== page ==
Re: RDF and the Test of Independent Invention

> On Apr 27, 2016, at 1:49 PM, Melvin Carvalho <> wrote:
> The test of independent invention [1] asks "If someone else had already invented your system, would theirs work with yours?"
> Now imagine if someone had invented RDF (lets call it RDF-L) but with one slight difference.  You are allowed to have literals in the predicate position.
> Is there a way that RDF could be made to work with RDF-L.  

Note that RDF Concepts defines a “Generalized RDF Triple” [1] which covers this case:

A generalized RDF triple is a triple having a subject, a predicate, and object, where each can be an IRI, a blank node or a literal. Ageneralized RDF graph is a set of generalized RDF triples.

Generalized triples were motivated by JSON-LD, which can emit BNodes for predicates if the context is defined that way. It does not create literal subjects or predicates, but the notion of a generalized triple allows for this.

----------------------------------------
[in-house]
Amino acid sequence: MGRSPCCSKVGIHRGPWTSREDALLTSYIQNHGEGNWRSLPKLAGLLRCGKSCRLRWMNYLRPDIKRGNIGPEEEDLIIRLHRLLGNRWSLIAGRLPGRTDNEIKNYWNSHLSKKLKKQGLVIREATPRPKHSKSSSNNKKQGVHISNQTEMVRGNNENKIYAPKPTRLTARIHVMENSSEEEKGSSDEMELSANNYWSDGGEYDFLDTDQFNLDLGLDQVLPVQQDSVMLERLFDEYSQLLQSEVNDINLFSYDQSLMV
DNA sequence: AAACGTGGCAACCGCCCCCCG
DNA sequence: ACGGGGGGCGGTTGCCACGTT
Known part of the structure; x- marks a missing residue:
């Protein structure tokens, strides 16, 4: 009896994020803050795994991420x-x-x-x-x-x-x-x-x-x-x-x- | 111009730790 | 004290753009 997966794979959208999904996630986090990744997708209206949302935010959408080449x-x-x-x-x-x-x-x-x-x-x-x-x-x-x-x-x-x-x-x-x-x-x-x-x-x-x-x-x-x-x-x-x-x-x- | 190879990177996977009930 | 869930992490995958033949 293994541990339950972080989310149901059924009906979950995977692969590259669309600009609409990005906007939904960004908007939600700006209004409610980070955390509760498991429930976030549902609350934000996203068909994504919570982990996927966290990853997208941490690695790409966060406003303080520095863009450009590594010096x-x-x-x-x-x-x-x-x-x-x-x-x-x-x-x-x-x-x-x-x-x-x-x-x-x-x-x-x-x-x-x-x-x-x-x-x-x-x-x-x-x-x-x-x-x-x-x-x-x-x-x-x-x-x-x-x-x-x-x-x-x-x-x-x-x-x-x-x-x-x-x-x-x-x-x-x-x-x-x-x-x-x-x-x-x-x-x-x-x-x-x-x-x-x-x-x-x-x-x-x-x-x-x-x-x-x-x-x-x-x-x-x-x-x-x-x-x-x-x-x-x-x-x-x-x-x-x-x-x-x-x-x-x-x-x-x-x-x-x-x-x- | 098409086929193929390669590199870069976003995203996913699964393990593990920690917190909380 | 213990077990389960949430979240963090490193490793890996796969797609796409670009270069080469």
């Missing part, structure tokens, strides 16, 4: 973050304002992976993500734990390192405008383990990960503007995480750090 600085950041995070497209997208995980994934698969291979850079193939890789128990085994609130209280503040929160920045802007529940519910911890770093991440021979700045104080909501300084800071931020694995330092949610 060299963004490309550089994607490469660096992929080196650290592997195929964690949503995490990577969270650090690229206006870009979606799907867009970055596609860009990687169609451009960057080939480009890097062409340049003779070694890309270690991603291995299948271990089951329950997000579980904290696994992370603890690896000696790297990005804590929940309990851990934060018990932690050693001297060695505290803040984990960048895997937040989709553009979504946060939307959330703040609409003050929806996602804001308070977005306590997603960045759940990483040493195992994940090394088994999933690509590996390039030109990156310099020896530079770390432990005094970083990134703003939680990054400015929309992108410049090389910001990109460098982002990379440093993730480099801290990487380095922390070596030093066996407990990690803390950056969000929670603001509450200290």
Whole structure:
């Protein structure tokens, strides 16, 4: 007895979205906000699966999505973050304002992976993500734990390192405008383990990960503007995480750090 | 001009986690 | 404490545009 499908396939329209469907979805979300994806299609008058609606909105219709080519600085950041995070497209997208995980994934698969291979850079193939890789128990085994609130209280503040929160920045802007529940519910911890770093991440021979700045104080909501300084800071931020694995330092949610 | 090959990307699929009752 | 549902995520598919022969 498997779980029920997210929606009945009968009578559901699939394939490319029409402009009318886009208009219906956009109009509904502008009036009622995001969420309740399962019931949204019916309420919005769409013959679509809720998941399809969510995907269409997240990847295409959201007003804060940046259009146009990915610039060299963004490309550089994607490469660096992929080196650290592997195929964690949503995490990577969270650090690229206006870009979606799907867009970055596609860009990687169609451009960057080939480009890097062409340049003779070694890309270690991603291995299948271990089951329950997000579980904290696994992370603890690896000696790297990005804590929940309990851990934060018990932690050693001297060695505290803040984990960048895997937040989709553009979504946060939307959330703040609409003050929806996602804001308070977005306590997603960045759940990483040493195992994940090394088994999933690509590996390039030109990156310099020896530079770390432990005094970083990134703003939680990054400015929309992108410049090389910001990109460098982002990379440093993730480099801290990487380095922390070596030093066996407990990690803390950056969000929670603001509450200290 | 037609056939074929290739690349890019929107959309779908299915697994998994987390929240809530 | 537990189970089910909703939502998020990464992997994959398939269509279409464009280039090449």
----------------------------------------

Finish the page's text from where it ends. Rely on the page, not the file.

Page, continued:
Notation3 allows for literal subjects and graph subjects/objects, which may be another interesting use case.

Gregg Kellogg


> This is more than a theoretical question, it has practical implications.  The "triple" model which ties key value pairs to a subject, could be thought of as a type of Entity Attribute Value (EAV) [2] model.  There are many examples of EAV models that allow literals in the "second" position.  JSON springs to mind.
> Does RDF pass the TOII?  If not, can we work out a way to make it do so.  After some thought my current favourite idea is to make the following two equivalent:
>     "predicate" <--> urn:literal:predicate
> Thoughts?
> [1]
> [2]

Received on Thursday, 28 April 2016 19:38:01 UTC